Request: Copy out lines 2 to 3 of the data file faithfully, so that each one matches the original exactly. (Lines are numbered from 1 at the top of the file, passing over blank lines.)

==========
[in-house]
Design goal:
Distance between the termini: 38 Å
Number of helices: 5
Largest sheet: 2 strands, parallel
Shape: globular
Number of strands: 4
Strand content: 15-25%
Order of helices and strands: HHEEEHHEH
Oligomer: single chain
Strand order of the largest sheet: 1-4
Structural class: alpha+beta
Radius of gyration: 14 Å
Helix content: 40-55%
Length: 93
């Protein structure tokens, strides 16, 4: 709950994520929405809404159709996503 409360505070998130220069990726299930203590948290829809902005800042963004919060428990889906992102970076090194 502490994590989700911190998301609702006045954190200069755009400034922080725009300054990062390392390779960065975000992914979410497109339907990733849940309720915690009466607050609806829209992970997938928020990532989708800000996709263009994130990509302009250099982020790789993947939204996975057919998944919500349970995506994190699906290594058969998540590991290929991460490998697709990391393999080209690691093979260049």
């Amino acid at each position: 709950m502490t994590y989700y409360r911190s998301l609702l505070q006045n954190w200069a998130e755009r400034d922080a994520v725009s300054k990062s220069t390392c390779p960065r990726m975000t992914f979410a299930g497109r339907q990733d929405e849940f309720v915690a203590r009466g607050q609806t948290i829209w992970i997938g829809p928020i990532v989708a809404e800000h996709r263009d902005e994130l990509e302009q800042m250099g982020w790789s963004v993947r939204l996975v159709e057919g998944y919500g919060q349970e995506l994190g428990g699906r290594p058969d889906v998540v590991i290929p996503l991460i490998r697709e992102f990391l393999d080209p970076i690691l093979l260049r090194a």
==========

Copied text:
Design goal:
Distance between the termini: 38 Å